First practical database system (DBMS) to process most SQL queries on encrypted data

related work
Related work
  • Systems work:
    • no formal confidentiality guarantees
    • restricted functionality
    • client-side filtering

[Hacigumus et al.’02][Damiani et al.’03][Ciriani et al’09]

  • Theory work:
    • General computation: FHE
      • very strong security: forces slowdown - many queries must always scan and return the whole DB
      • prohibitively slow (109x)

[Gentry’09]

  • Specialized schemes

[Amanatidis et al.’07][Song et al.’00][Boldyreva et al.’09]

setup
Setup

trusted client-side

under passive attack

DB server

Application

  • Use cases:
  • Outsource DB to the cloud (DBaaS)
    • e.g. Encrypted BigQuery
  • Local cluster: hide DB content from sys. admins.
setup1

Related work is not achieving my purpose, plus robert did not like the yellow box

Setup

trusted client-side

under passive attack

transformed query

DB server

  • process queries to completion on encrypted
  • DB
  • Active later and app
  • Not disclaimers

plain query

Proxy

encrypted DB

Application

decrypted results

encrypted results

  • Stores schema
  • and master key
  • No query execution

computation on encrypted data ≈

regular computation

Secret

Secret

example
Example

Application

Randomized encryption (RND) - semantic

SELECT * FROM emp

table1/emp

col1/rank

col2/name

col3/salary

Proxy

SELECT * FROM table1

x4be219

60

100

x95c623

x4be219

x2ea887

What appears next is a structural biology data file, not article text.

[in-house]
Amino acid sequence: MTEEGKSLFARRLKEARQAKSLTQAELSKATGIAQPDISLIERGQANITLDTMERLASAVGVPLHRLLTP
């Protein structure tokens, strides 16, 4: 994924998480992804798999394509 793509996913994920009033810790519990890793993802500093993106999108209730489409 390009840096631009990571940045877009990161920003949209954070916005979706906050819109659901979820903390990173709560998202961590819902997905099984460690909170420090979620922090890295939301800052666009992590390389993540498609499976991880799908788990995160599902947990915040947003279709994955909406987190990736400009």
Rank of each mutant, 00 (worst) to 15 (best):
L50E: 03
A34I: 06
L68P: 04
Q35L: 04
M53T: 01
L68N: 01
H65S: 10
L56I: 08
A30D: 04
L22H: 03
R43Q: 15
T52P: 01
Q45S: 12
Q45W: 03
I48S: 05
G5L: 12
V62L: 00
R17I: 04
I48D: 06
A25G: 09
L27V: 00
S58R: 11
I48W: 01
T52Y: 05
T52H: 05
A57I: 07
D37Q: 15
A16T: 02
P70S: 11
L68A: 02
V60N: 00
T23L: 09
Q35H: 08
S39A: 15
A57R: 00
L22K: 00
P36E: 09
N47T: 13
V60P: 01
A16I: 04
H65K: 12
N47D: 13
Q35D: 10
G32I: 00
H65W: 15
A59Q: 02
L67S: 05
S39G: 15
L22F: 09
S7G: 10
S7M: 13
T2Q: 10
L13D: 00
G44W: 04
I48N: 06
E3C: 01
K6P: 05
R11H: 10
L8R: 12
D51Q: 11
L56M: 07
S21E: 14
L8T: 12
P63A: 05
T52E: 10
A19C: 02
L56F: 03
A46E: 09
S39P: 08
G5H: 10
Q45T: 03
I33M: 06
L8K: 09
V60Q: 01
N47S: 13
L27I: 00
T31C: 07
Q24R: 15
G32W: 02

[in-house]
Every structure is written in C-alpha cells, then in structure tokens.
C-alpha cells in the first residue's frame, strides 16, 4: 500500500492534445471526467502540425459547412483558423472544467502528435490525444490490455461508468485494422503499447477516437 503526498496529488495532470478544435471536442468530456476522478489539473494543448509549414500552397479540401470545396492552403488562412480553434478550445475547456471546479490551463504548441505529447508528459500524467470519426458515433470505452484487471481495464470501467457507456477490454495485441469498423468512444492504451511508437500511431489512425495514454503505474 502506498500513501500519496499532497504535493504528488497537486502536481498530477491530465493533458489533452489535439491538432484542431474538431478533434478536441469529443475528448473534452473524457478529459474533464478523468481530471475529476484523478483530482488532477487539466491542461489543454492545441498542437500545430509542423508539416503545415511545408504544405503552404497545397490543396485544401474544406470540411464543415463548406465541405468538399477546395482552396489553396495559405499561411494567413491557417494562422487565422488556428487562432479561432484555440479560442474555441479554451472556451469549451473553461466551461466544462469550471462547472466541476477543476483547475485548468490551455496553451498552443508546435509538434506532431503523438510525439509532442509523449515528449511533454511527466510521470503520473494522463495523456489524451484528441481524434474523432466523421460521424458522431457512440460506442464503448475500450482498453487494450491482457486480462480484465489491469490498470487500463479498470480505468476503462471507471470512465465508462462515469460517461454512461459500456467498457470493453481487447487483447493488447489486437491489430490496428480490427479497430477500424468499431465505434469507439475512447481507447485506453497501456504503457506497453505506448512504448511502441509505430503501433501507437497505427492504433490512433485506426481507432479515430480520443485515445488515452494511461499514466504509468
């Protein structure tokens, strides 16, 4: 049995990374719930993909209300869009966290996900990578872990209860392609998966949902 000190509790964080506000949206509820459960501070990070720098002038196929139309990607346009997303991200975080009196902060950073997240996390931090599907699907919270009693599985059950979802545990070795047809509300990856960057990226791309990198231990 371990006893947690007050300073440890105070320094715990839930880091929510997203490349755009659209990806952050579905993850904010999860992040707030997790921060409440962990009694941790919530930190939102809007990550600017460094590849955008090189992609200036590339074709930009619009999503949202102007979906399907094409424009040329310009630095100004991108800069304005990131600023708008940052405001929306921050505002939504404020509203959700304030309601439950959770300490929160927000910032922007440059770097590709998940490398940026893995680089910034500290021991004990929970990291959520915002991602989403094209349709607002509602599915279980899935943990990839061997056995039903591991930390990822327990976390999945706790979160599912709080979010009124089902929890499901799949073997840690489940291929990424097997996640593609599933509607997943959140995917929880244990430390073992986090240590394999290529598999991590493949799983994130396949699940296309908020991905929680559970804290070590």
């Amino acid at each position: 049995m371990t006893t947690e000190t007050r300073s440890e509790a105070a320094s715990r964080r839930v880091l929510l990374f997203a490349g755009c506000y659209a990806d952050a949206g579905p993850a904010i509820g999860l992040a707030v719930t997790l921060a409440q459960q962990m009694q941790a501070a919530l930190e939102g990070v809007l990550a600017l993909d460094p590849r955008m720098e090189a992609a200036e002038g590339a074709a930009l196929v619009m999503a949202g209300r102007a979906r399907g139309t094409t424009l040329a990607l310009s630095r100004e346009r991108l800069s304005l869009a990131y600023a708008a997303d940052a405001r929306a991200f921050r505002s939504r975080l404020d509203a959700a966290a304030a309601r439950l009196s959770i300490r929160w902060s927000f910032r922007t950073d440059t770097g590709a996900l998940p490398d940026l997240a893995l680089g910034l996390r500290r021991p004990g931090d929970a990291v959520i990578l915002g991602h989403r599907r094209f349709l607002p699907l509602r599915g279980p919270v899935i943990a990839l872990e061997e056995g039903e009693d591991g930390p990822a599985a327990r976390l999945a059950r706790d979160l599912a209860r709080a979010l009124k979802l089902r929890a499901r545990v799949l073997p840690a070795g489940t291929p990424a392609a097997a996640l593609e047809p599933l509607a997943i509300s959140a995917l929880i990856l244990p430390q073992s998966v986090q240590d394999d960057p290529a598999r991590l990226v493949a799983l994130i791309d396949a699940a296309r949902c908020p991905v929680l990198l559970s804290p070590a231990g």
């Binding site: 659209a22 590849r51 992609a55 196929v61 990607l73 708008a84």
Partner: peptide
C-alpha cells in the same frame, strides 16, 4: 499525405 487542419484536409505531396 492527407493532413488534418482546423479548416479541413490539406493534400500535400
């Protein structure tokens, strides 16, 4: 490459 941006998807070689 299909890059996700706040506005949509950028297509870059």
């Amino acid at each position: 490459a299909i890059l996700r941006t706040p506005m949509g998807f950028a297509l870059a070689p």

800

x95c623

x17cea7

100

x2ea887

x17cea7

example1
Example

Application

Randomized encryption (RND)

Deterministic encryption (DET)

SELECT * FROM emp WHERE salary = 100

table1/emp

col1/rank

col2/name

col3/salary

SELECT * FROM table1 WHERE col3 = x5a8c34

Proxy

x934bc1

x4be219

60

x5a8c34

100

x95c623

x5a8c34

?

?

x5a8c34

x84a21c

x2ea887

x5a8c34

800

x5a8c34

x5a8c34

x17cea7

100

example2
Example

Application

“Summable”

encryption (HOM) - semantic

Deterministic encryption (DET)

SELECT sum(salary) FROM emp

table1 (emp)

Proxy

SELECT cdb_sum(col3) FROM table1

col2/name

col1/rank

col3/salary

x934bc1

60

x5a8c34

100

x84a21c

800

x5a8c34

x638e54

1060

x72295a

100

x578b34

x9eab81

x122eb4

slide21

Techniques

  • Use SQL-aware set of efficient encryption schemes

(meta technique!)

  • Most SQL can be implemented with a few core operations
  • Adjust encryption of data based on queries
  • Query rewriting algorithm
1 sql aware e ncryption schemes
1. SQL-aware encryption schemes

Security

SQL operations:

Function

Construction

Scheme

e.g., SELECT, UPDATE, DELETE, INSERT, COUNT

AES in UFE

RND

data moving

≈ semantic security

HOM

addition

Paillier

e.g., SUM, +

word search

Song et al.,‘00

restricted ILIKE

SEARCH

e.g., =, !=, IN, GROUP BY, DISTINCT

reveals only repeat pattern

equality

DET

AES in CMC

our new scheme

join

JOIN

e.g., >, <, ORDER BY, ASC, DESC, MAX, MIN, GREATEST,LEAST

reveals only order

our new scheme

[Oakland’13]

OPE

order

  • x < y Enc(x) < Enc(y)
slide23

How to encrypt each data item?

Goals:

Support queries

Use most secure encryption schemes

Challenge: may not know queries ahead of time

col1-RND

col1-HOM

col1-SEARCH

col1-DET

col1-JOIN

col1-OPE

rank

ALL?

‘CEO’

‘worker’

Leaks order!

slide25

Onion of encryptions